In late 1973 I was excited to hear that the concept of radio drama was going to be revived. With eager anticipation, I awaited the premiere of The CBS Radio Mystery Theater, hosted by E G Marshall. It was a series of one-hour original mystery dramas, and some of the actors had worked on radio programs when such programs were plentiful on the air. That series proved to be successful and ran for many years. Hence, this is another example of an old concept which enjoyed new life.

Some products are deemed to become antiquated with the emergence, as a result of “progress” of new products. The invention and the evolution of the automobile certainly eliminated the need for the stagecoach, which has been relegated to a prop used in movies set in a time period before more modern forms of transportation. Likely there would be few proponents of a return to the stagecoach [although current gasoline prices might cause one to stop and reconsider!] Despite that somewhat tongue-in-cheek aside, in all seriousness I would not expect a resurgence with the stagecoach such as has been seen with vinyl records, or the revival of dramatic radio programs in the 1970s. The preceding musings lead me to another concern that I have for a resource which I deem to have continued importance, and for which I would like to challenge everyone to reconsider its value: printed media, such as our own Herald and Tribune.

The arrival of the internet and social media has resulted in new sources by which news and other information can be communicated. While argument can be made for the speed and convenience of these resources, my concern is that these resources be regarded as supplements to, not replacements for, printed media. Often there is value in a thing for its own sake, and I think that observation needs to be considered about printed media.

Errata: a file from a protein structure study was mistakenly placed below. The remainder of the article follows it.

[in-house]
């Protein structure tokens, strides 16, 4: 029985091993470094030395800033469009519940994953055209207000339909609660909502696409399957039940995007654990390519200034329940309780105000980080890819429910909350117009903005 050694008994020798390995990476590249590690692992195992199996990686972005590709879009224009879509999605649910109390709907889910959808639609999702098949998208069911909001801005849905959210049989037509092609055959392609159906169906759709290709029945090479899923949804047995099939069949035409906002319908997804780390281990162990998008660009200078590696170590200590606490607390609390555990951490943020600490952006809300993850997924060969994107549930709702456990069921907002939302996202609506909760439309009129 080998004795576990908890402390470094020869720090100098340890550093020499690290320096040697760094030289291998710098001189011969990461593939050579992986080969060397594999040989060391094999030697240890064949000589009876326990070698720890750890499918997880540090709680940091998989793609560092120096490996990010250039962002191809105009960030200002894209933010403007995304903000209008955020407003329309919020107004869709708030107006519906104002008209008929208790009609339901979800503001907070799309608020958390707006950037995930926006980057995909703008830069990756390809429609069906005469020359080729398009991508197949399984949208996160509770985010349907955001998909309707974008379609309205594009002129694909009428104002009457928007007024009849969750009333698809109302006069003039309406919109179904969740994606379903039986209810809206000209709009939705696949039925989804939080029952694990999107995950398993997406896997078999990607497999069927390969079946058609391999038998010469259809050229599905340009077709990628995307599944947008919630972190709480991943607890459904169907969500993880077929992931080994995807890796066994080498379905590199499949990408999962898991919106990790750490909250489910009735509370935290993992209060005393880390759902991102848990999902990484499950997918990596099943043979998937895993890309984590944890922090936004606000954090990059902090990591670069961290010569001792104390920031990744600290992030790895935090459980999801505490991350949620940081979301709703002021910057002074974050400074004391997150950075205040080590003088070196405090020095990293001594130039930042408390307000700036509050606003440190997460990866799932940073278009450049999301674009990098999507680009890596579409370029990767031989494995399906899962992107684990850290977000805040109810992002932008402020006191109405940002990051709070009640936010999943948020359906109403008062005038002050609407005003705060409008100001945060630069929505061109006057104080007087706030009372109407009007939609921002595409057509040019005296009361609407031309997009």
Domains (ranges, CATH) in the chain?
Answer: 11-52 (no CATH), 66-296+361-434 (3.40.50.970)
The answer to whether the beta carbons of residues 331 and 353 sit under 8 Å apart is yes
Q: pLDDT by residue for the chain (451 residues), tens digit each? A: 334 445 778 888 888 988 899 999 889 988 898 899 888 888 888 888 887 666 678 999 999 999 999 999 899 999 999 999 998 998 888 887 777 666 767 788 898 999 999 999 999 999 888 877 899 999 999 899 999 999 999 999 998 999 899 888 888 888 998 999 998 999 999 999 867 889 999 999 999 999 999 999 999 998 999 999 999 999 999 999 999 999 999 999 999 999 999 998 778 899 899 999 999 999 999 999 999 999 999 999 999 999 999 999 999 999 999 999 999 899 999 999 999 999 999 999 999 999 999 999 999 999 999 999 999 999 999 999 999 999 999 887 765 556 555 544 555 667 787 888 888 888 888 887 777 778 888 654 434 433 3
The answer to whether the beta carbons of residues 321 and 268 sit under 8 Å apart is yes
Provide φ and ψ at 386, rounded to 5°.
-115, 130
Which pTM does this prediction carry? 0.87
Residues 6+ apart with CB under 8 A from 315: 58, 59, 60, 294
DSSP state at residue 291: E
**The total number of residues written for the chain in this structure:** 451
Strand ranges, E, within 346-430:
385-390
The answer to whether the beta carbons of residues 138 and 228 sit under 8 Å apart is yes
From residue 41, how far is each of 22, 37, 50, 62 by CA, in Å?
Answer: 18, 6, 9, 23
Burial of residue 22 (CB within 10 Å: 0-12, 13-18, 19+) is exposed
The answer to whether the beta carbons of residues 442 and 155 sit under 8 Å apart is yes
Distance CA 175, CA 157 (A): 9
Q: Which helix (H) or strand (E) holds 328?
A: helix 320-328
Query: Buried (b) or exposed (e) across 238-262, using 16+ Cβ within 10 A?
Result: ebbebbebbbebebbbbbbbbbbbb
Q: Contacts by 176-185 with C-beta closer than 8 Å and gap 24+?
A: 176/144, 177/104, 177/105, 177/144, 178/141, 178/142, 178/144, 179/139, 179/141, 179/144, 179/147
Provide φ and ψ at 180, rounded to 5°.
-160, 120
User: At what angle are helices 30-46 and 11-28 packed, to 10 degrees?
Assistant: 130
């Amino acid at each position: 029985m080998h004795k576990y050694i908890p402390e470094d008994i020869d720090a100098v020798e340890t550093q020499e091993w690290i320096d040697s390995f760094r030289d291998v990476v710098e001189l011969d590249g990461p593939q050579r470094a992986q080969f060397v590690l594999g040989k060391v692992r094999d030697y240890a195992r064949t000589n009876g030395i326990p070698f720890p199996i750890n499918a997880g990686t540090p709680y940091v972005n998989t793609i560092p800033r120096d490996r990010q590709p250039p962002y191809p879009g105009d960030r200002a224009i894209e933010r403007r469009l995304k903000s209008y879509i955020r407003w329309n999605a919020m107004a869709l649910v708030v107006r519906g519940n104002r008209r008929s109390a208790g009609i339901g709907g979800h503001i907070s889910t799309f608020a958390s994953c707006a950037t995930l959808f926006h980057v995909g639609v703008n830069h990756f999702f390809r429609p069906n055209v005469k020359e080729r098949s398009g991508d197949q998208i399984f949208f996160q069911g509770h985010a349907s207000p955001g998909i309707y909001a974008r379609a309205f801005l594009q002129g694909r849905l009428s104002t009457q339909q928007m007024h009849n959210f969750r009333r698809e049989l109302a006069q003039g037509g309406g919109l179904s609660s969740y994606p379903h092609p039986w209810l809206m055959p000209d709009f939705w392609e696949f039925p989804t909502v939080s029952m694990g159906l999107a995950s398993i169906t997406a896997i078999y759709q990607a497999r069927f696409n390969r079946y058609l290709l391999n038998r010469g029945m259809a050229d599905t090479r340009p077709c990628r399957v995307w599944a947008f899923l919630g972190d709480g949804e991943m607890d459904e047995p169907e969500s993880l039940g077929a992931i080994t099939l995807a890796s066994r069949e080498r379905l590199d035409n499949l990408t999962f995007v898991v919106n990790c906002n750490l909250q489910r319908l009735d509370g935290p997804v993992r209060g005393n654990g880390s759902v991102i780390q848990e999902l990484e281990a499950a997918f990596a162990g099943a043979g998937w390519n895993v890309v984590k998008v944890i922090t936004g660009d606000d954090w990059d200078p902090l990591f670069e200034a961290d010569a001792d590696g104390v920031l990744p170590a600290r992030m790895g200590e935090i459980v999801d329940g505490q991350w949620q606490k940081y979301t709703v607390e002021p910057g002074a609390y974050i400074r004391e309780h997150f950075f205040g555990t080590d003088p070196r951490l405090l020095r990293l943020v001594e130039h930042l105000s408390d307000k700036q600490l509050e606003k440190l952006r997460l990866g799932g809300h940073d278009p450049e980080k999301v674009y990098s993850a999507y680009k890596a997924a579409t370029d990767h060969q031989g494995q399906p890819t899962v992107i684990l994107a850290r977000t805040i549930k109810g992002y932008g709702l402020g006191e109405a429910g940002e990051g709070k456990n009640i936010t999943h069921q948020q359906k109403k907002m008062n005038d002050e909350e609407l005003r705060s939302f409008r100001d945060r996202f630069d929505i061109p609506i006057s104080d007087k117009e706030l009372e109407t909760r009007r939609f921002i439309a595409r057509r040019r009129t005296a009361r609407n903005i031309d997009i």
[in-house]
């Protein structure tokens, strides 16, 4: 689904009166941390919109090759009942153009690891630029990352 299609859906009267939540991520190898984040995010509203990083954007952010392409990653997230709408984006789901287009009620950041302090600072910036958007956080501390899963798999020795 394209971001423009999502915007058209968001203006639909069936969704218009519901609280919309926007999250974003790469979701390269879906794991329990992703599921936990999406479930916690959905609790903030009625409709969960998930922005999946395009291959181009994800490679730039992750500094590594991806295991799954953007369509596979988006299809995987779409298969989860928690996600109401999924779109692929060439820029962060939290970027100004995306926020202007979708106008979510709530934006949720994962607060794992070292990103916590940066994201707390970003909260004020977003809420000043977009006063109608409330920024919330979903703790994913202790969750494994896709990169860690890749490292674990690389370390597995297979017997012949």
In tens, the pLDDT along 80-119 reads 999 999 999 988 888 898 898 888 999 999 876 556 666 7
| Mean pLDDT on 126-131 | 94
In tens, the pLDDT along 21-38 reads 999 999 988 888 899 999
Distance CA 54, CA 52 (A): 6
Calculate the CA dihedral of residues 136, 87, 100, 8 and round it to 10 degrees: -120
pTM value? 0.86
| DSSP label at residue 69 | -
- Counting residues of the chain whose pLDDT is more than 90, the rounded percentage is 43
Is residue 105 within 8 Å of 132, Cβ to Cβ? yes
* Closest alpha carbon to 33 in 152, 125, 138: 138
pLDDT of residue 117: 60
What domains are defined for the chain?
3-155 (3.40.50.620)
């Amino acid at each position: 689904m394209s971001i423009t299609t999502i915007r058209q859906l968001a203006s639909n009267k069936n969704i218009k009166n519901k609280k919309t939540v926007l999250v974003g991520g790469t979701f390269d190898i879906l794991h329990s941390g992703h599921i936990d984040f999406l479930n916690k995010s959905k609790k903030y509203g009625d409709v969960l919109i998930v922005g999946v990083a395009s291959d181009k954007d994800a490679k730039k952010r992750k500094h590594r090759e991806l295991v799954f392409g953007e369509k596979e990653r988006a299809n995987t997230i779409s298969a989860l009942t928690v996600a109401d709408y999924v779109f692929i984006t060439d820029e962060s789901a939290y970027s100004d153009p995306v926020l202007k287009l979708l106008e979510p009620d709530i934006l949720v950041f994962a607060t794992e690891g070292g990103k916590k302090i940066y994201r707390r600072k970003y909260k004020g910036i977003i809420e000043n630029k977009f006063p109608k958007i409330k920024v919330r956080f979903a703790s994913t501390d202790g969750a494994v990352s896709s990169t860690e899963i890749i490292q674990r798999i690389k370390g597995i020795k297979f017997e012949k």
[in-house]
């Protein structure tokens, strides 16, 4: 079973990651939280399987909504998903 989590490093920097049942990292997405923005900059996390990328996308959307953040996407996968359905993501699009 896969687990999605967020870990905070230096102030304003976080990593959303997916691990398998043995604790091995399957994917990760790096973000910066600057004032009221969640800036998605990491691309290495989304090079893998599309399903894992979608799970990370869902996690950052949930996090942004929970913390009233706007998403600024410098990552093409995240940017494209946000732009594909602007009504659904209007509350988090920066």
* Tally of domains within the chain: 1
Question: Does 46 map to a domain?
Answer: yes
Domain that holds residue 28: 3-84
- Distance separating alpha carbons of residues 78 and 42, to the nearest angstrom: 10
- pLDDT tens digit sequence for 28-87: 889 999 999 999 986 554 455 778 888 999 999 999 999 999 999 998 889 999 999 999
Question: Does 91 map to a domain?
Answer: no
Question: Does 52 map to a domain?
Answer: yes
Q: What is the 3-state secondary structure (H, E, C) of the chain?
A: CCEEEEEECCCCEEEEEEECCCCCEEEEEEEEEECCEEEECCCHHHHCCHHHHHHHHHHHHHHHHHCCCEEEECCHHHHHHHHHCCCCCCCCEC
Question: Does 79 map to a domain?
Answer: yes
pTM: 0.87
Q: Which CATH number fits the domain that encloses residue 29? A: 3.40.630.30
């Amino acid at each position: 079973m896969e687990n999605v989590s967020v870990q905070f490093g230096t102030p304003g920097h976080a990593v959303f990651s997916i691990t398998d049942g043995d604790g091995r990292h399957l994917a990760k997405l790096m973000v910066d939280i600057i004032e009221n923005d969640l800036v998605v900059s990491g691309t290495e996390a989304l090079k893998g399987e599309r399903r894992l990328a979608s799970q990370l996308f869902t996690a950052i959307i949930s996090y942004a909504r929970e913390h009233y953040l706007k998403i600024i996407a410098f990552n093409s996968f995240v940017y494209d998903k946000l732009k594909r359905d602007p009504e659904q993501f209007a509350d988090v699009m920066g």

In this time period, it is possible to acquire things much more quickly than in our grandparents’ generation. While not taking away from the many benefits from such “progress,” I would like to offer a few examples of things that can be better if approached in a more traditional “old fashioned” way, if you will. You will find on your grocer’s shelf several versions of oatmeal, including “instant oats” and “minute oats.” There is another version that is my particular favorite, and it is aptly titled “old-fashioned oats.” Again, a childhood memory is evoked of my grandmother cooking these oats on her stove top, and adding to the pot the raisins which I loved to have along with them. Yes, making oats using that version takes some extra time, but to me the result is well worth it. To me, “old-fashioned oats” symbolizes the extra time which we need to take, to invest if you will, in the enjoyment of simple things. I feel that another of these “simple things” to which we need to hold is printed media. Let’s resolve to take a little bit of time, at least one morning each week, to enjoy our old-fashioned oatmeal, or whatever food in which a little extra time has been invested, as we peruse the printed pages of The Jonesborough Herald and Tribune…reading the news and feature articles, pondering the thoughts expressed in the opinion section, drawing inspiration from the religion section, and taking pencil in hand to work the crossword puzzle. We can still utilize the various other more “progressive” resources as well, but there is still a time, place, and value for printed media. The tradition of printed media is by no means an impediment to progress; it is an important part of our legacy that can serve to facilitate our progression in the future.